Pakistani Taliban forms committee to start talks with government

Pakistani Taliban forms committee to start talks with government

pakistanThe Pakistani Taliban Sunday formally announced a committee of senior political and religious leaders to mediate peace talks with government negotiators.

The Taliban’s central council unanimously agreed to open talks with the government and formed a five-member committee of leaders who favour a peace dialogue with the government, Xinhua reported.

The committee comprises senior opposition leader Imran Khan, Maulana Abdul Aziz, Maulana Sami-ul-Haq, Professor Mohammad Ibrahim and Mufti Kifayatullah, the Dawn reported.

The Tehreek-e-Taliban Pakistan (TTP) spokesman Shahidullah Shahid said the Taliban leadership has formally requested the committee members to go ahead with the dialogue process.

Two members of the Taliban’s proposed team have already agreed to participate in the preliminary talks, saying they will soon meet to discuss its strategy.

Prime Minister Nawaz Sharif has earlier formed a four-member committee, headed by one of his special advisers, to open dialogue with the Taliban.

Professor Ibrahim, a member of the Taliban committee, said he had already contacted another designated senior member of the committee, Maulana Sami-ul-Haq, to discuss the timetable for their internal consultations.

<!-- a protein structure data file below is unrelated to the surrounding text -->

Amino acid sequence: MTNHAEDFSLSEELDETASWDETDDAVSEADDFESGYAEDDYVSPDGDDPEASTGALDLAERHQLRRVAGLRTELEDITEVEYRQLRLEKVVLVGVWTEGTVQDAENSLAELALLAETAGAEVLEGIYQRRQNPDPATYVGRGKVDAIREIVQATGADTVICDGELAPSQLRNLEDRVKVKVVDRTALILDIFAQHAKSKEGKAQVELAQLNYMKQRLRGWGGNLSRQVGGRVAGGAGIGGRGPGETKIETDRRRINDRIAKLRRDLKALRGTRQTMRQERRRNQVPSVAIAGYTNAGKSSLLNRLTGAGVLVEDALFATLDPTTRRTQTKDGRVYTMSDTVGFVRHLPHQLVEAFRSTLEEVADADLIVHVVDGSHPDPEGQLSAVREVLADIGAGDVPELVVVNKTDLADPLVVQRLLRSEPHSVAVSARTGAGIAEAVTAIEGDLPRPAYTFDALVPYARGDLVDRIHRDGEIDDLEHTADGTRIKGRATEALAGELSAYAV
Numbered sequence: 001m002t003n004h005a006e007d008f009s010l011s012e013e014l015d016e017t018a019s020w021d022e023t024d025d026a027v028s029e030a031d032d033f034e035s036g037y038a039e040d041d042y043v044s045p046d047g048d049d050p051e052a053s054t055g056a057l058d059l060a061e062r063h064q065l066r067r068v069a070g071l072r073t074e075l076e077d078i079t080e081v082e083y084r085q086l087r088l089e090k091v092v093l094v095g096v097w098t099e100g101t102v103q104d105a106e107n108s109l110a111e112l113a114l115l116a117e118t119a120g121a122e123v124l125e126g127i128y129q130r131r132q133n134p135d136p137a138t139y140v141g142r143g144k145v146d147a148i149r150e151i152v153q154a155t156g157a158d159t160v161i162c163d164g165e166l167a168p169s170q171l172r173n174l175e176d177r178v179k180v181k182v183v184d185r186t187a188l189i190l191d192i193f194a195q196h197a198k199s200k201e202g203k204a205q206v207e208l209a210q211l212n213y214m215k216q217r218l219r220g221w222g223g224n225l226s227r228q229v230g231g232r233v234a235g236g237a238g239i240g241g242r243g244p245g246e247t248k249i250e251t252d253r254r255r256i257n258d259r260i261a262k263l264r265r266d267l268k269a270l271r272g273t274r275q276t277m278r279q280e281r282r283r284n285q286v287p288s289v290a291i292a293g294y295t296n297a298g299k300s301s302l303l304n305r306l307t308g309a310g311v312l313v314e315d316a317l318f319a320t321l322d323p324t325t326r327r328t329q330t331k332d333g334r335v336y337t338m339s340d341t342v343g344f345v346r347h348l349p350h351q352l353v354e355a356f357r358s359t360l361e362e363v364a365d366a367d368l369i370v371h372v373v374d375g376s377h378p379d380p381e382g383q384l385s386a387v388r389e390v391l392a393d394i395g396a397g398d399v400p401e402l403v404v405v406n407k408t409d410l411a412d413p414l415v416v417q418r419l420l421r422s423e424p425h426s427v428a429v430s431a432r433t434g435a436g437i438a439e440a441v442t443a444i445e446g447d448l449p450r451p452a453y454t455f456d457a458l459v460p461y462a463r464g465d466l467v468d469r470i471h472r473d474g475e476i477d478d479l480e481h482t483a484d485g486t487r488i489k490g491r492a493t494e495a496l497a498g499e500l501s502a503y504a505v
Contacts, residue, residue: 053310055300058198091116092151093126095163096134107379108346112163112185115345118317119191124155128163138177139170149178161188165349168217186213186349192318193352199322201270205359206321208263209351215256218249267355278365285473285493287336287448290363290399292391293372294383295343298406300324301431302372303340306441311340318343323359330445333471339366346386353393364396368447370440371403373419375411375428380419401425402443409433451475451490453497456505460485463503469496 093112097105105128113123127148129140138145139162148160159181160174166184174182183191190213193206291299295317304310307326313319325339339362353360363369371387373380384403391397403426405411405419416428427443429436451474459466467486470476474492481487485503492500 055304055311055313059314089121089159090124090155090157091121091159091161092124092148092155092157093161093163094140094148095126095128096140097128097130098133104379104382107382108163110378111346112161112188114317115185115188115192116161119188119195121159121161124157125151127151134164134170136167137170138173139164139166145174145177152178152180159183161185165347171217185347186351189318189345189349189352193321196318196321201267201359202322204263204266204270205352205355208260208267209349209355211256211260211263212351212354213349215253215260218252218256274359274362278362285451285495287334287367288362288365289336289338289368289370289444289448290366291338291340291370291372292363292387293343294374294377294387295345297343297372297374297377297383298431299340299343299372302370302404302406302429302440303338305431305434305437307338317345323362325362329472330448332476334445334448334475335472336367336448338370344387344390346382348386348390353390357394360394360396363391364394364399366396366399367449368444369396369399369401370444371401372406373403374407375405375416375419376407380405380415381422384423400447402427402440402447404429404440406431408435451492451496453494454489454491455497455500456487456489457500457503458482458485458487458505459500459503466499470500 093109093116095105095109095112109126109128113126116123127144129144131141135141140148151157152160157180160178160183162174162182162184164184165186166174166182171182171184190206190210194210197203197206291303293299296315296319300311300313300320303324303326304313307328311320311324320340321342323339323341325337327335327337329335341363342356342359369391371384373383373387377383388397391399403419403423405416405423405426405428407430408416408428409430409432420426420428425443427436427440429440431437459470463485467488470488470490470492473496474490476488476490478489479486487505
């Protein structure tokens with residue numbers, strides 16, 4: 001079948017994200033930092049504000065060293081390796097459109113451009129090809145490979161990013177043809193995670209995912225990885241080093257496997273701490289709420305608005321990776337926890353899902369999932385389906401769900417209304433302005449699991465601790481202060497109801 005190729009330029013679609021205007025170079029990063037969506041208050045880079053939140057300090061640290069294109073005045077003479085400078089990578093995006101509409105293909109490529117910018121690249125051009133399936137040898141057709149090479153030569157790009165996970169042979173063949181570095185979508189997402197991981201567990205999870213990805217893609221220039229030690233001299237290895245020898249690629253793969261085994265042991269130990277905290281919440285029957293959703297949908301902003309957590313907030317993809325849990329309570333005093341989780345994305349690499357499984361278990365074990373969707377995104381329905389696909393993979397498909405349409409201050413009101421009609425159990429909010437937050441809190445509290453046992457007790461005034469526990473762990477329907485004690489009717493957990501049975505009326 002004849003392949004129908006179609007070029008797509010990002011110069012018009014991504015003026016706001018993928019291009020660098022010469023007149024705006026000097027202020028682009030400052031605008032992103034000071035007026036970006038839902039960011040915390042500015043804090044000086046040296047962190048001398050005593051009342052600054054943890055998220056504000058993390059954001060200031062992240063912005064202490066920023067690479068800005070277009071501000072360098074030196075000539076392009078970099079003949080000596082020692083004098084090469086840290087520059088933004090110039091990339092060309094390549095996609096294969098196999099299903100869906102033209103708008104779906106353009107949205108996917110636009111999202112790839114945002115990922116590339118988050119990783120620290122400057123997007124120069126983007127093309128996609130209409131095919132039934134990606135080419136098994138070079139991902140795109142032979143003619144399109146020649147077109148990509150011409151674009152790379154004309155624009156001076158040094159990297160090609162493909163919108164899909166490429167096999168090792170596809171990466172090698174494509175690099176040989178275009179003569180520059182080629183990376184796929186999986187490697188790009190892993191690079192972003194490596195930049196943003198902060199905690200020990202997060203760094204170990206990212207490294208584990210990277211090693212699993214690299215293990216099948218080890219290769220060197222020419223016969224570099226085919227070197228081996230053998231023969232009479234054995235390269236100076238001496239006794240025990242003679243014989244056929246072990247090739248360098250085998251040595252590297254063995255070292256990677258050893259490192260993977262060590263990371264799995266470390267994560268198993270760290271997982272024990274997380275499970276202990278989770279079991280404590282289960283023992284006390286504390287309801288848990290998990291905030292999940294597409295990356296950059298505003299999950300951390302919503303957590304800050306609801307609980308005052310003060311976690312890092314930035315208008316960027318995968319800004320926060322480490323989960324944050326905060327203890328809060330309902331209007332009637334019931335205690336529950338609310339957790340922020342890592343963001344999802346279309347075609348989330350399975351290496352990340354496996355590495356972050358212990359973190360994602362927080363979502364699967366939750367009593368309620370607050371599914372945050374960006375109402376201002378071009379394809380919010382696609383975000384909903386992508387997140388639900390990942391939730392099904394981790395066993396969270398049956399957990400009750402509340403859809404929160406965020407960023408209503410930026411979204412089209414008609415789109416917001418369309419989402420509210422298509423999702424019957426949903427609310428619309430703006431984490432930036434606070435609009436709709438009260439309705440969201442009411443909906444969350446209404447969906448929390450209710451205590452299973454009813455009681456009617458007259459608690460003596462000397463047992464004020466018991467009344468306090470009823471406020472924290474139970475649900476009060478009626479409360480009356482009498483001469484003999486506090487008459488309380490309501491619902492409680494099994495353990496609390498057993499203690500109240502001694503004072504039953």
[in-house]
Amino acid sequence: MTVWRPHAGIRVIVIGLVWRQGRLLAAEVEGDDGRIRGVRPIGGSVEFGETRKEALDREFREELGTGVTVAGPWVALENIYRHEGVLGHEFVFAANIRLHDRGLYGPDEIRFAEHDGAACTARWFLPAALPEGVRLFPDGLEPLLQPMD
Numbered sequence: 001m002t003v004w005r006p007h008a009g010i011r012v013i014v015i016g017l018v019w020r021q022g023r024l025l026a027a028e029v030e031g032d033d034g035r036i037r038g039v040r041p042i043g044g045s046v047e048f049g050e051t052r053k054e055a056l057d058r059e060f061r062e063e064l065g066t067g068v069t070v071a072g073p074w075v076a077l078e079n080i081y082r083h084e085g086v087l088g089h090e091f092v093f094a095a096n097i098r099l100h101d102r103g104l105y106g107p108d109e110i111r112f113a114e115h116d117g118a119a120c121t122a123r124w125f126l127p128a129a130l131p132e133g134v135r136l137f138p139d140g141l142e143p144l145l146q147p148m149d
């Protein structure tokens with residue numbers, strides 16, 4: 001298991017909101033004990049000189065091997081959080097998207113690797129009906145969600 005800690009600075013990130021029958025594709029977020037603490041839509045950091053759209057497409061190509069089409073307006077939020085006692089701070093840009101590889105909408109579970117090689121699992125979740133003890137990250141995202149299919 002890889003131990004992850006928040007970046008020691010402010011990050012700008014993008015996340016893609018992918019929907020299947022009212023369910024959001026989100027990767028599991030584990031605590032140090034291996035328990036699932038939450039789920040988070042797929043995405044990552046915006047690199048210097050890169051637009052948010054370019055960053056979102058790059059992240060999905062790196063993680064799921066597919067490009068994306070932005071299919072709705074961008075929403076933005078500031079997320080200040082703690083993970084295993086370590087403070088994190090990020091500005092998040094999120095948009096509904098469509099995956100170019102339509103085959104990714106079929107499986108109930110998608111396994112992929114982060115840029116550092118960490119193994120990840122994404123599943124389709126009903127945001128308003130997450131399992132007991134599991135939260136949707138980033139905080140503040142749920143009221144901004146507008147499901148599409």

The formation of committees on both sides is the first major step in bringing forward the dialogue process that has been hoped for by the people of Pakistan for a long time, even during the previous government.

Meanwhile, a 10-member monitoring committee has also been formed by the Pakistani Taliban to oversee the dialogue process, the Dawn reported.

The newspaper quoted Shahidullah Shahid as saying that talks between government negotiators and the TTP team will be supervised by the monitoring committee.

He said Taliban commander Qari Shakeel will head the supervising committee.

Pakistan’s Minister for Interior Chaudhry Nisar Ali Khan termed the announcement of negotiating team from Taliban as a positive development.

However, he said there were still some issues which are needed to be explained after which the dialogue may start formally.

“It is a matter of great satisfaction that both sides have announced their negotiating teams after many years and this reflects that both sides want to make peace through negotiations and dialogue,” the Associated Press of Pakistan (APP) quoted the minister as saying in a statement Sunday.

Earlier in the day, cricketer-turned-politician Imran Khan, who is among the five members named by the Taliban in its committee, said the militant group should select its own representatives for the peace talks.

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